And while the new school continue to take inspiration from the Godfather of Romanian electronic music, Strut presents this forgotten icon to a new audience with 'The Lost Tapes'. Re-mastered from the original reel to reel tapes, this revolutionary music serves as a document of an artist who would not surrender to the passivity of the mainstream. It will hopefully see the name of Rodion Ladislau Roșca take a prominent place in the unofficial museum of sonic oddities that lay hidden behind the iron curtain. Music made in the past but undoubtedly for the future, by a man right up there in the international pantheon of electronic music. [SOURCE: DISCOGS]
Publicado por Nacho Trisat en 10:40
sábado, 14 de abril de 2018
El Pecho de Andy was a spanish band from Toledo that enjoyed certain popularity in the second half of the eighties. Its name was a tribute to Lou Reed, and his song of the same title, "Andy's Chest". It was formed by Miguel Ángel García (guitar and voice), Fco. Javier García-Zarco (guitar), María Eugenia "Maruge" Muñoz (bass) and Miguel Ángel Campos (drums).
They premiered with the independent Rocco Records, which released their first album, 'El Pecho de Andy' in 1986. The song "El Arrozal" was a true anthem at the time. The single 'Fighting Temeraire' was published with some tracks ot the album. 'Fighting Temeraire' was also released as a 12'', with two unreleased live songs, and as a double 7 ".
"Tierra salvaje" (later included in the EP 'Coartada') and "La Botella de Ron" (that only appears in this compilation), were included in the '1er Certámen Regional de Rock en Castilla La Mancha' album, released by the independent Rocco in 1986, with bands Los Dedos and Lasrratas.
Already with Nuevos Medios, in 1987, they recorded their second and last LP, 'Llegará Octubre' as well as the EP 'Coartada'. That year they were again included in another compilation, 'Roccopilación 87', with bands Surfin' Lungs, Comité Cisne, Falsos Pies, Extrema Unción, Las Manos de Orlac and Satí de Crem.
In spite of the carefulness of their melodies and the literary pretensions of their texts, the message of El Pecho de Andy was not able to transcend the circles in which, really, they came to be considered as a cult band. In 1995 Nuevos Medios issued the CD 'Llegará Octubre y Coartada', which included all the themes of the 1987 LP and EP. [SOURCE: GRUPOS NACIONALES NUEVA OLA 80]
viernes, 13 de abril de 2018
Líneas Aéreas was a duo from Barcelona formed by Francisco Palomo (aka Frank P.S.) and Jorge Gúber (ex-guitar of the legendary punk group Ultimo Resorte). They published only an EP in 1983, through the Discos Para Desayunar label, a subsidiary of Flor y Nata Records, in a 1000 limited edition with the tracks "Landschaften", "Benelux" and "Radiotron".
The three tracks of this EP, one of them sung in German, were recorded on an 8-track, and follow the wave of technological fiction promoted by artists like Kraftwerk, although their robotic and austere rhythms are closer to the sound of the first Human League.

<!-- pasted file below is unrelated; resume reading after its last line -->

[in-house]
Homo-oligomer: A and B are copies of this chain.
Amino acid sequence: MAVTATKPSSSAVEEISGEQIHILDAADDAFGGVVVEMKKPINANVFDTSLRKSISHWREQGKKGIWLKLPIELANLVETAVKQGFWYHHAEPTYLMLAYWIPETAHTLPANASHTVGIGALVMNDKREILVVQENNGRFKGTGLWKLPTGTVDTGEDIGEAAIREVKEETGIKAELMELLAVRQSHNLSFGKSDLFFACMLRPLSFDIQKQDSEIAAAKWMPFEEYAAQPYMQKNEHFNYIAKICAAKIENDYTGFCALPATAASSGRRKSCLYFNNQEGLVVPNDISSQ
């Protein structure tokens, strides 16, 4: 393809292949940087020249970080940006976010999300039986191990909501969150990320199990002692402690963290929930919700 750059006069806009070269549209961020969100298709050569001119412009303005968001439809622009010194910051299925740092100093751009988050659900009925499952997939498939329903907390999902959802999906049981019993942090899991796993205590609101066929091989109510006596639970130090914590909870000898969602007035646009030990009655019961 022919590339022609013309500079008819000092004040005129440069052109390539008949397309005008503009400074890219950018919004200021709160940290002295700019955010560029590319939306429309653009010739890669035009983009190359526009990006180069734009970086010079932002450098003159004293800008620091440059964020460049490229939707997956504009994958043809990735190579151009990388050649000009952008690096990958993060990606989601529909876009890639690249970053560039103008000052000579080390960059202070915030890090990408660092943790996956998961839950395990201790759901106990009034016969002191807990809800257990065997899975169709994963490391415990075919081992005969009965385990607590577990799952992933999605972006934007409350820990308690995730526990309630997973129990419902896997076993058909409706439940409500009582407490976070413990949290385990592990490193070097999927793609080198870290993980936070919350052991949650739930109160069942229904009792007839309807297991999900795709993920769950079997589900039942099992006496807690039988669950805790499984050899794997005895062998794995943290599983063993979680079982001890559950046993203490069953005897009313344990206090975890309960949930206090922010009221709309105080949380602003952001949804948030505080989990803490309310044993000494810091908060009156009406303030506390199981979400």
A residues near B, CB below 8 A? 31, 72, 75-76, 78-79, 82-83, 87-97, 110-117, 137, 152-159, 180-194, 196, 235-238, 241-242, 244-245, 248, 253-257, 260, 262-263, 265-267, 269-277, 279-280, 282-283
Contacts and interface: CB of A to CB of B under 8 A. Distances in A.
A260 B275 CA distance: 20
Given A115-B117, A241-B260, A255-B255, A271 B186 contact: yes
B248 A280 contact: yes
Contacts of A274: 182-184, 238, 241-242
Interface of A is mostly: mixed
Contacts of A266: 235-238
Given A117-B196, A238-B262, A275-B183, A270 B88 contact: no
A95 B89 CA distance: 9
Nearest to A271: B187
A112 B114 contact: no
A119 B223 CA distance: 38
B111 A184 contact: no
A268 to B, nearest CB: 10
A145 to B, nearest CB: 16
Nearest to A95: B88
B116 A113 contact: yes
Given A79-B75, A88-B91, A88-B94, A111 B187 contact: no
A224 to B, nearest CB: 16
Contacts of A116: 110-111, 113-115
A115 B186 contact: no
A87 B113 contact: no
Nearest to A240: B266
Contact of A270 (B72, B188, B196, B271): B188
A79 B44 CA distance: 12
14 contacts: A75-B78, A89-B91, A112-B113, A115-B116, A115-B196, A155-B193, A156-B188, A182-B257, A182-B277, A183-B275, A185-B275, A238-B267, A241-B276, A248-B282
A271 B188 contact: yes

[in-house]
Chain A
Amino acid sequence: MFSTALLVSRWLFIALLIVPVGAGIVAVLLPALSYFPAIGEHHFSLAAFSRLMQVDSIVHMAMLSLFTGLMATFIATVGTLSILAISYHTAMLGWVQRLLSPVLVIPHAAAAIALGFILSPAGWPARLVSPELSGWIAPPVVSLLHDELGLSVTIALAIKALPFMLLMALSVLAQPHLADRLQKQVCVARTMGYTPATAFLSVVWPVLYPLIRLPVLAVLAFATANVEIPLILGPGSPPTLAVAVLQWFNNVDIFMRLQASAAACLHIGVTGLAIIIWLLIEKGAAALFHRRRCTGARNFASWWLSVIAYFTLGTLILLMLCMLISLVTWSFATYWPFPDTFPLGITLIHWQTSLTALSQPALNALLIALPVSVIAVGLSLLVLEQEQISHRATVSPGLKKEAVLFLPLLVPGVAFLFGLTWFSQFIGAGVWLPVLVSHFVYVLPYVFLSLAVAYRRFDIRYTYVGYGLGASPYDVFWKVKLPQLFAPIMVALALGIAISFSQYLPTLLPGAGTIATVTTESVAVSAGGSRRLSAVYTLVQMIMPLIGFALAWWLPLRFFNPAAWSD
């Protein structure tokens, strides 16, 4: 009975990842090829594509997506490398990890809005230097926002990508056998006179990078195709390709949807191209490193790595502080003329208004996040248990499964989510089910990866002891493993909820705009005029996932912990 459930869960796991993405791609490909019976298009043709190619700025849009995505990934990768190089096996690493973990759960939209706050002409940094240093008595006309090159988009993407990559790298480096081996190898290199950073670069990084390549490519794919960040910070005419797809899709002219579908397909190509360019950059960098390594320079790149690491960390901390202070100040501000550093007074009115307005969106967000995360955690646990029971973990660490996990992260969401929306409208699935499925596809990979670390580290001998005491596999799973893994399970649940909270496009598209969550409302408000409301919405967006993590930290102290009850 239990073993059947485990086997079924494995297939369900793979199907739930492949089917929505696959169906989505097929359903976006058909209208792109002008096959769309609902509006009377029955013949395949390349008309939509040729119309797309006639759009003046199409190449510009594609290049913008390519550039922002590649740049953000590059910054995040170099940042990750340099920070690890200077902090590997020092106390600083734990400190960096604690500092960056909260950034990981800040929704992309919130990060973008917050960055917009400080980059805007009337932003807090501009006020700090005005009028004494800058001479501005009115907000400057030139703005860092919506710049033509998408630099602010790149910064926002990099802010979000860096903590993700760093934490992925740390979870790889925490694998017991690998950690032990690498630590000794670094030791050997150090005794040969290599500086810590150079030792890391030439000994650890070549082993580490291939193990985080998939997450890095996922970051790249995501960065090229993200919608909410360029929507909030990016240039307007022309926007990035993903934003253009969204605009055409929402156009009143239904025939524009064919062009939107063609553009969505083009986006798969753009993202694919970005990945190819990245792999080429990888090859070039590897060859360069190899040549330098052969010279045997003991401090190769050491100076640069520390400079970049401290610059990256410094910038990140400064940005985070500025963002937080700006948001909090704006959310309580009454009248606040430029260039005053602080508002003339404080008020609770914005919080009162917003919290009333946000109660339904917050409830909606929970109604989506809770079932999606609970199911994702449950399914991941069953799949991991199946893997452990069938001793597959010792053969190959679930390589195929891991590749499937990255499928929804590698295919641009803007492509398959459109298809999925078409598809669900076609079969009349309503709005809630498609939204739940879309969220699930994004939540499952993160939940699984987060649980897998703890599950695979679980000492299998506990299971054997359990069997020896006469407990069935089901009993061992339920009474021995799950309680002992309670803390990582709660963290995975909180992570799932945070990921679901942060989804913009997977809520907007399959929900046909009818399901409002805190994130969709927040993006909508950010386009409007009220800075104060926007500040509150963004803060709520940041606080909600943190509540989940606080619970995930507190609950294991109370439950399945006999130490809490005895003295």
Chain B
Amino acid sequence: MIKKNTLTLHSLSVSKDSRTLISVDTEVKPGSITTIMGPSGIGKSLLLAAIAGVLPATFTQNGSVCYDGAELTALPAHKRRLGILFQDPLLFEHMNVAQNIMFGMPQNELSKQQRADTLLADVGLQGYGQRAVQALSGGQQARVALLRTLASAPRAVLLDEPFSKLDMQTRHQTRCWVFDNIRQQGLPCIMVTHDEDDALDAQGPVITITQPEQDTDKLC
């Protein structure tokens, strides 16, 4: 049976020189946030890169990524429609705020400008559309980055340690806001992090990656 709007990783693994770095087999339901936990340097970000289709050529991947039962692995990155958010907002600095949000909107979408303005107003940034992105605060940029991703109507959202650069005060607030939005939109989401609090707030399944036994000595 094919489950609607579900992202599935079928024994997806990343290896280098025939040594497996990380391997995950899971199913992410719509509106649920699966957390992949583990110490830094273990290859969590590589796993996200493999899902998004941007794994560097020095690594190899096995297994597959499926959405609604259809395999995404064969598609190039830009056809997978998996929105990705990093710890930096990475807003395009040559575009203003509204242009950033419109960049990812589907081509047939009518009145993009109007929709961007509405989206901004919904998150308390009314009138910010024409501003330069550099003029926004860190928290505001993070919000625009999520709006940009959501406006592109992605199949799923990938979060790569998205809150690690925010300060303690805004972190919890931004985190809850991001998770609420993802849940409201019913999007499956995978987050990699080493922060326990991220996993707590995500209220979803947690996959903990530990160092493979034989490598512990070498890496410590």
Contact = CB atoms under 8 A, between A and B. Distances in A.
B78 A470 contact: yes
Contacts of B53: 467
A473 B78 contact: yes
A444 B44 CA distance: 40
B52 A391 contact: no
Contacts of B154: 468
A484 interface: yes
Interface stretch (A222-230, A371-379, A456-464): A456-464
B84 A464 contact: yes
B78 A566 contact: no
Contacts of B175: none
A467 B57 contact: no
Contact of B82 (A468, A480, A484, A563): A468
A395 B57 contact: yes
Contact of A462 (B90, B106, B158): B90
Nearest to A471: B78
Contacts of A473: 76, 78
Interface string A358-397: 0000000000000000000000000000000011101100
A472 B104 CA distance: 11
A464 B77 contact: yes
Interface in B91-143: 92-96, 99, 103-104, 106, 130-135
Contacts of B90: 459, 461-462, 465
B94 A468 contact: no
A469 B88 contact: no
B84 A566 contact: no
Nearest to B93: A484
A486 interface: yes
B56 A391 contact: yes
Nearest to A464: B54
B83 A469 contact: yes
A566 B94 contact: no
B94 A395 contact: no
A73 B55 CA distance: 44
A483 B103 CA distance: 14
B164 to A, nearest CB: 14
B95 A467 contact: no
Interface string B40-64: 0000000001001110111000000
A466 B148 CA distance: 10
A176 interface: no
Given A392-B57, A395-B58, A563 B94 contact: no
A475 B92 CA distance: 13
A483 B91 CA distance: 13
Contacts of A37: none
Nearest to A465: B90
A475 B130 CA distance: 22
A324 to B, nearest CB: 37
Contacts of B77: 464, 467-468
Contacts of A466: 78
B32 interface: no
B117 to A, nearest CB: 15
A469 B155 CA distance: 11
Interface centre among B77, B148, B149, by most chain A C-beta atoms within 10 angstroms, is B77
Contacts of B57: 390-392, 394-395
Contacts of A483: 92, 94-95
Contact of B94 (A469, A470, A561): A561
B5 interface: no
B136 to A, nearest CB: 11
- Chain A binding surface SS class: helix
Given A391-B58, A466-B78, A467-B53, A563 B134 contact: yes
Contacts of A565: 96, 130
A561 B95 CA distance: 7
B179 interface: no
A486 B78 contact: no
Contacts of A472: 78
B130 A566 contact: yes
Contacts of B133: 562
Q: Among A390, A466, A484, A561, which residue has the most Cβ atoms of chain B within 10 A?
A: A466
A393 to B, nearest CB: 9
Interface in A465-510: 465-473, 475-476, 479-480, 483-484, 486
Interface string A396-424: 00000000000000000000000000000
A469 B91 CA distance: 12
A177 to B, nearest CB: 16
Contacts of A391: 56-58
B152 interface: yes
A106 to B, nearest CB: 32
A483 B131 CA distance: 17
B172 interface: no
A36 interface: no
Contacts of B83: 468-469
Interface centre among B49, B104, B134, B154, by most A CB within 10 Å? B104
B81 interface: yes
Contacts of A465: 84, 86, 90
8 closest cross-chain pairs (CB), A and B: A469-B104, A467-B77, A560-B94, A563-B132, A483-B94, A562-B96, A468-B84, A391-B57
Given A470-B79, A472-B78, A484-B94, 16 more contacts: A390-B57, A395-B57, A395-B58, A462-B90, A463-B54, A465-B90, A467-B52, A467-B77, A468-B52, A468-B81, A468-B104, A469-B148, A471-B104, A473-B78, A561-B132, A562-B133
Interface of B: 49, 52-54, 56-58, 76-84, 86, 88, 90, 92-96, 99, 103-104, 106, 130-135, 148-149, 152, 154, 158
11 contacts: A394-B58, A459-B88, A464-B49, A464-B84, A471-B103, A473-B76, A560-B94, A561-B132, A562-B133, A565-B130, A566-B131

Unfortunately the project would not have continuity. Jorge Gúber is located 2 years later in Belgium, publishing as Metropakt a couple of issues in collective compilations, and in 1988 he joined Krishna Goineau (ex-Liaisons Dangereuses) to publish an EP under the name of Velodrome, one of whose themes, "Capataz", would become a classic of the "Bakalao Route" from Valencia at the end of the 80s. [SOURCE: GRUPOS NACIONALES NUEVA OLA 80]
Publicado por Nacho Trisat en 21:18
jueves, 12 de abril de 2018
The Outskirts of Infinity are a British Psychedelic trio who have been boiling away since the eighties. Their sound is a Hendrix scream of fuzz, flower power and syrupy acid blues, created to blow minds and wig-out squares. Guitarist Bari Watts is their not-so-secret weapon, his freely-freaking axe is a riot of "Purple Haze" and Cream-y slashing.
The Outskirts Of Infinity were one of the earliest bands to release an album on Nick Saloman's Woronzow Label. Nick himself played bass with the band on the first two albums. The Outskirts first album 'Lord Of The Dark Skies' was one of the best on the label, with epic slabs of progressive rock and soaring guitar. [SOURCE: STEVE HOFFMAN MUSIC FORUMS]
miércoles, 11 de abril de 2018
Nocturnal Emissions is a sound art project that has released numerous records and CDs in music styles ranging from electro-acoustic, musique concrète, hybridised beats, sound collage, post-industrial music, ambient and noise music. The sound art has been part of an ongoing multimedia campaign of guerrilla sign ontology utilising video art, film, hypertext and other documents.
The project was initiated in Derbyshire in the late 1970s by Nigel Ayers (b. 1957), a former art student who, in the period, lived in London. Together with collaborators Danny Ayers (b. 1964) and Caroline K (1957–2008). Since 1984 Nocturnal Emissions has continued mainly as Nigel Ayers' solo project. Nocturnal Emissions ran their own record label, Sterile Records.
In 1990-92 Nocturnal Emissions collaborated on Butoh dance performances in Europe and the USA, with the Japanese choreographer Poppo Shiraishi. Around this time Nocturnal Emissions' Situationist-influenced practice became increasingly informed by magick, stone circles, techno-shamanism, neo-paganism, animism and Fortean research. There were many collaborations on animated films by Mancunian TV director Charlotte Bill. Bill was never an official member of Nocturnal Emissions, but admits to being one of the legion of members of The Fall .
Nocturnal Emissions were later to be associated with the Kernow section of the Association of Autonomous Astronauts and to feature in a best-selling story by the novelist Stewart Home. [SOURCE: WIKIPEDIA]
(More info at Earthly Delights. The Home of Nocturnal Emissions)